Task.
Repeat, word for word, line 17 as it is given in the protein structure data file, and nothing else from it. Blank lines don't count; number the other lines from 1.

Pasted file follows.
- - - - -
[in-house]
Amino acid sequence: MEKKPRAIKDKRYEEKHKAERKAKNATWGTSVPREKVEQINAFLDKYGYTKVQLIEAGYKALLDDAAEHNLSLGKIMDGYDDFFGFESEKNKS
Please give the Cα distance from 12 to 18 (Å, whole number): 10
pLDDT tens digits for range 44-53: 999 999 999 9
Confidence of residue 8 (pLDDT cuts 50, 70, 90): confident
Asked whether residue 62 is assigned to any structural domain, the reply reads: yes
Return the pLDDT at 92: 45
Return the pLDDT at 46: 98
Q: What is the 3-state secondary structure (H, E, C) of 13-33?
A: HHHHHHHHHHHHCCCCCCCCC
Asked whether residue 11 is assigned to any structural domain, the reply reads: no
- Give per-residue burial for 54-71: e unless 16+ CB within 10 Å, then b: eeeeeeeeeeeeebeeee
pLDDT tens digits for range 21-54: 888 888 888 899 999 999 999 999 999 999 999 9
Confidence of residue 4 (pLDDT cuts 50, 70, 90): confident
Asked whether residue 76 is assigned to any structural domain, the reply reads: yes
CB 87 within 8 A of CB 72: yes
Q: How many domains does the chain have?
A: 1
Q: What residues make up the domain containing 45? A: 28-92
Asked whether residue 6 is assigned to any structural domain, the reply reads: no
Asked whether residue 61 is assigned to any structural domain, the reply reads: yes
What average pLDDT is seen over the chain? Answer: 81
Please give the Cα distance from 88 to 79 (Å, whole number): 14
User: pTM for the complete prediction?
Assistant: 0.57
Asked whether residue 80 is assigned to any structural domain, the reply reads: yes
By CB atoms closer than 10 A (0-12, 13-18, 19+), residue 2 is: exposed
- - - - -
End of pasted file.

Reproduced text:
Q: How many domains does the chain have?